Revolution Machine Vlavrave
directed by Ko Matsuo, written by Ichiro Okouchi, released 2013, available on Crunchyroll
Model UN with mecha
Valvrave starts with a sentence that can really only be uttered in anime: so there’s this high school in space…
It gets a little more complex than that, obviously. Sakimori High School is on the space station Module 77 of the neutral nation of JIOR. The evil Dorssians invade JIOR without provocation and pacifist (and otherwise unremarkable student) Haruto Tokishima discovers there’s a giant invincible giant robot located under the school grounds, which he pilots against the invading army, forcing them back.
However, things quickly get complicated. The
Russian Soviets Dorssian military makes repeated attempts to conquer the plucky high school, despite catastrophic losses suffered each time. Meanwhile, the American ARUS forces try to constantly force and coerce the newly founded JIOR government of Sakimori High School – they declared sovereignty (and it was recognized), thus forming a new government funded entirely by donations and Kickstarter – into handing over more and more of their power, until it comes out that both ARUS and the Dorssians want the Valvraves because…they do. Of course, that’s the larger story that happens in the background while Haruto discovers that use of the Valvrave mecha seems to carry with it some sort of mutation into a semi-vampire, because Haruto begins randomly attacking people, often biting them to drink their blood but on at least one occasion, he rapes them instead.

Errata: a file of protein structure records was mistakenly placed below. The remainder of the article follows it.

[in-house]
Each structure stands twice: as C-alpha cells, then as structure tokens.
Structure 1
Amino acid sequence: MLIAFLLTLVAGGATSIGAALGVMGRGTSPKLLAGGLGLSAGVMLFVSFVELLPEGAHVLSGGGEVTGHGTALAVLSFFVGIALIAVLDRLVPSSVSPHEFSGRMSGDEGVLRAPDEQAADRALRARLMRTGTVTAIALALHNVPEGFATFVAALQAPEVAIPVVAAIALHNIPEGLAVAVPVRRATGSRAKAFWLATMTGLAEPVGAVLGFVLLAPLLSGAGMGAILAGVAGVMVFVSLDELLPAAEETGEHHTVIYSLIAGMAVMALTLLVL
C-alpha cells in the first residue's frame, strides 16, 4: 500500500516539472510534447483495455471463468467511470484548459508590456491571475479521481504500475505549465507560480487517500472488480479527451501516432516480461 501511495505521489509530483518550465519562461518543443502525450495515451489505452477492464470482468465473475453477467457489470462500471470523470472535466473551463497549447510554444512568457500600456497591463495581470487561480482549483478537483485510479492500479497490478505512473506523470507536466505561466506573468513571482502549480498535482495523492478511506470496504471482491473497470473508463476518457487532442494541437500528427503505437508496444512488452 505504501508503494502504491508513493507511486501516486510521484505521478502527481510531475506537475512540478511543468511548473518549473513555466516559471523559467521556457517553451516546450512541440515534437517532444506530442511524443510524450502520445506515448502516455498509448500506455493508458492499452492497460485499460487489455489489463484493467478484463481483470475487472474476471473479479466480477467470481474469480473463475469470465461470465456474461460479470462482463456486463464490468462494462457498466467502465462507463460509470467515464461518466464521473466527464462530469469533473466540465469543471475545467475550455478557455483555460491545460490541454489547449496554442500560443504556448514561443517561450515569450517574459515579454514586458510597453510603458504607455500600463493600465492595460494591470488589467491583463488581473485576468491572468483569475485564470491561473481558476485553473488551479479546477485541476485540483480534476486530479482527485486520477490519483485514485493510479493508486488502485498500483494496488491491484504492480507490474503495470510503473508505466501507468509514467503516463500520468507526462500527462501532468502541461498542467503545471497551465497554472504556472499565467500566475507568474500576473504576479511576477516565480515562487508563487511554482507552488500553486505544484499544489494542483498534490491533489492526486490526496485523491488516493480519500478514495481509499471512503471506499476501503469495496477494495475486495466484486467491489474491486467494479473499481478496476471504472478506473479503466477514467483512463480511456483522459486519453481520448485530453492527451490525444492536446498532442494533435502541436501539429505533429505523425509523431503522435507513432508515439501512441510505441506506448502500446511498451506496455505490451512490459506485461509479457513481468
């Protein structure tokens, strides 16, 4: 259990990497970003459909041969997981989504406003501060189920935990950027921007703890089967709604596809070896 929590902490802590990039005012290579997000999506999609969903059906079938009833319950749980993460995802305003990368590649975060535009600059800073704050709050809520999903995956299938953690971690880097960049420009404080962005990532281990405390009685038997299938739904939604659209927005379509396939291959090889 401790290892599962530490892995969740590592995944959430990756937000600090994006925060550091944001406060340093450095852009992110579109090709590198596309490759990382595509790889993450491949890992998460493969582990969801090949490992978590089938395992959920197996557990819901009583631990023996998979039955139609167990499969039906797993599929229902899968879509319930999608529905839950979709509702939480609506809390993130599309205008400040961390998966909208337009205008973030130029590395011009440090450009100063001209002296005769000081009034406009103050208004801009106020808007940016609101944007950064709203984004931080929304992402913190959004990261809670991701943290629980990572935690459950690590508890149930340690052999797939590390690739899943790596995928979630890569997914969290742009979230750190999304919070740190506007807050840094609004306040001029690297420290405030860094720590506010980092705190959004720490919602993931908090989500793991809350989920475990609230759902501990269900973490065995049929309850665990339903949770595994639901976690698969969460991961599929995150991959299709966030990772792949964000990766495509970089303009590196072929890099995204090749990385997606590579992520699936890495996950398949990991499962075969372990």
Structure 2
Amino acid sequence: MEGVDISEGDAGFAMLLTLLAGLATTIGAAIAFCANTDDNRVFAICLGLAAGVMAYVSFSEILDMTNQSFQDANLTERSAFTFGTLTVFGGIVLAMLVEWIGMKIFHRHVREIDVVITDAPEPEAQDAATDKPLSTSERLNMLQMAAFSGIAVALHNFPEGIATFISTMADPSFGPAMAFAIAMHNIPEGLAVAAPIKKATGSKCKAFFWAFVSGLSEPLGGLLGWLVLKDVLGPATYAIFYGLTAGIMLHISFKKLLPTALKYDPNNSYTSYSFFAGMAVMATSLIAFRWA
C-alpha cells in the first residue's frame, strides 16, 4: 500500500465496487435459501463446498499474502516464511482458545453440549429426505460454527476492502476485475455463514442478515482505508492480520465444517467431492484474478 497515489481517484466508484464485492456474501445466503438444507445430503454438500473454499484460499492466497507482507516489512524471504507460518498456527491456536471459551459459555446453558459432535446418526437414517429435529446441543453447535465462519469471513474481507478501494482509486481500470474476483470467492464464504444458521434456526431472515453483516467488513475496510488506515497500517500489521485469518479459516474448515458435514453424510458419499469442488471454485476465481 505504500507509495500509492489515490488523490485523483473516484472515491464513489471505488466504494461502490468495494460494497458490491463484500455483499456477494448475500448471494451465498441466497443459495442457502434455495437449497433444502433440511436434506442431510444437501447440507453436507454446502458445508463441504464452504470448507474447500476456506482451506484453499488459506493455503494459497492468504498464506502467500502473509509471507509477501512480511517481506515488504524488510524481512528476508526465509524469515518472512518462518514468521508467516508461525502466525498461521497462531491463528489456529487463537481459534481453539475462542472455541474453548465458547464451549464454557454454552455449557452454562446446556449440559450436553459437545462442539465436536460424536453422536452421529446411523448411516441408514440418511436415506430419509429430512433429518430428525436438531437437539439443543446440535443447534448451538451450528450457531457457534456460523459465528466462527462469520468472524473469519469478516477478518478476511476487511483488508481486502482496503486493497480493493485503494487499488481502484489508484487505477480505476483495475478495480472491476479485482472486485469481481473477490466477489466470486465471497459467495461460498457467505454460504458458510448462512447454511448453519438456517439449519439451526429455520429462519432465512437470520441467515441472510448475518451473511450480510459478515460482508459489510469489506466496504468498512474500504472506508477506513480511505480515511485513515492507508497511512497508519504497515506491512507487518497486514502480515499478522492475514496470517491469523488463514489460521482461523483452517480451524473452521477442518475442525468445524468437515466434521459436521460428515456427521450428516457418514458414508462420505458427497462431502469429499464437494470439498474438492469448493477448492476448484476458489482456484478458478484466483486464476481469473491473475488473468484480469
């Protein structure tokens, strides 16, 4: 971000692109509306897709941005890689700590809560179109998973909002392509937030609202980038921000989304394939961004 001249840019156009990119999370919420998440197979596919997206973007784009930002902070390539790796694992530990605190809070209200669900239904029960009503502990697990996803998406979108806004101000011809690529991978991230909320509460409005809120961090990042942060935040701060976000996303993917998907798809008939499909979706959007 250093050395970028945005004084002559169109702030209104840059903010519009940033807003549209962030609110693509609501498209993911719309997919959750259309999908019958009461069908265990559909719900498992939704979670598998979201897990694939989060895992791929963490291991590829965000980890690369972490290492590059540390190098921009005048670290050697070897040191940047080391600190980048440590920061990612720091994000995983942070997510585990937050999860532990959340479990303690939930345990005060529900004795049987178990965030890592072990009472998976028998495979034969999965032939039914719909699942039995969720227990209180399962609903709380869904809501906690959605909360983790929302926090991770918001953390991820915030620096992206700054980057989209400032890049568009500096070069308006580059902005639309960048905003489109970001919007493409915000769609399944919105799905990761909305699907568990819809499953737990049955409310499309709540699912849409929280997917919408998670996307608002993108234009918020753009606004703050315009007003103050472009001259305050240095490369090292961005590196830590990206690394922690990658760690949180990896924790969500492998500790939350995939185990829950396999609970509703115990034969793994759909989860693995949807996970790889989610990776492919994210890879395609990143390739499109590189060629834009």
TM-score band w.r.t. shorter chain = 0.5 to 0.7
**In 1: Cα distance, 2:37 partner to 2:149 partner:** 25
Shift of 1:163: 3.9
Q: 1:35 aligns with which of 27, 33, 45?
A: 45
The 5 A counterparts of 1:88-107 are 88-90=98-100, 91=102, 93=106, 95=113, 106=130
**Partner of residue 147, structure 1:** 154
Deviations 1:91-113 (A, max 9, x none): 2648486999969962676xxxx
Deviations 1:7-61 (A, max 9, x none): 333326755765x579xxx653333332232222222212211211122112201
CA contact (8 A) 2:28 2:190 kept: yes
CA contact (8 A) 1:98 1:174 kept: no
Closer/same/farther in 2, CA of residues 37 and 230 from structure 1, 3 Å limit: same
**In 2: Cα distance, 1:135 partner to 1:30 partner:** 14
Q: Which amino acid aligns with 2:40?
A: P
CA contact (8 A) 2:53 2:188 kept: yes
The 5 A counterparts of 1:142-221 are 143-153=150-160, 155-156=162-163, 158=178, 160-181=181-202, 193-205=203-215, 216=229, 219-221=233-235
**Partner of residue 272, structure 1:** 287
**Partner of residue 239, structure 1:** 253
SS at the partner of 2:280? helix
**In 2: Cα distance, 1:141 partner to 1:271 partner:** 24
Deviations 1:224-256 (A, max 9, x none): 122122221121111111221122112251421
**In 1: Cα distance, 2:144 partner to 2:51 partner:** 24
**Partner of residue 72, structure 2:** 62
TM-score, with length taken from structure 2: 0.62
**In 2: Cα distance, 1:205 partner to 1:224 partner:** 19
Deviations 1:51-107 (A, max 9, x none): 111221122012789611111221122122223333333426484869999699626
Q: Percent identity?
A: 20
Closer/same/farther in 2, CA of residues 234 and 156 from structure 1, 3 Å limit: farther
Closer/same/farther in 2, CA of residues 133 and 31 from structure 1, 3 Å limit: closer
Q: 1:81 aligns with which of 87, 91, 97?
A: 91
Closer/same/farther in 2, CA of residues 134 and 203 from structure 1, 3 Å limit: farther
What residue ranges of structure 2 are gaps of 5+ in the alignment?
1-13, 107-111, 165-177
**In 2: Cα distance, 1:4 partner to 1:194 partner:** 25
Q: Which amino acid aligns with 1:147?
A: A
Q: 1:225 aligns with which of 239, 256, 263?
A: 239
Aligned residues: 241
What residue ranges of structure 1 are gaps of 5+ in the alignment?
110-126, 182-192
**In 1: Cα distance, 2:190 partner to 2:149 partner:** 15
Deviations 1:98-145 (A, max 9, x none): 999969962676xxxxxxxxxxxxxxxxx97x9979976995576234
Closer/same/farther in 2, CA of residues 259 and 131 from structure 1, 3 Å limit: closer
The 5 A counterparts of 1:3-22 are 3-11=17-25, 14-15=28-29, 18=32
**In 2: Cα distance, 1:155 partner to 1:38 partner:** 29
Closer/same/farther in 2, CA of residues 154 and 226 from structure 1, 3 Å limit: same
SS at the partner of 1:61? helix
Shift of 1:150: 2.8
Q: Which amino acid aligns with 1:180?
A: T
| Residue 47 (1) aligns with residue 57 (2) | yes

Did that make sense? No? Well, that’s because very little of this show makes sense.
Story – 2 out of 5
Valvrave’s story is about as typical as it gets in anime: evil military attacks for no identifiable reason. High school student with no training discovers a nigh-invincible giant robot and pilots its successfully, defeating hundreds of highly trained and experienced mecha pilots. A love triangle. One of the two teachers that survives the military attack on the high school turns out to be a highly knowledgeable government agent. A nigh-omniscient enemy agent defects to the high school (being high school age himself) because despite a decade or more of intense training, he’s actually trying to take down the enemy army from the inside.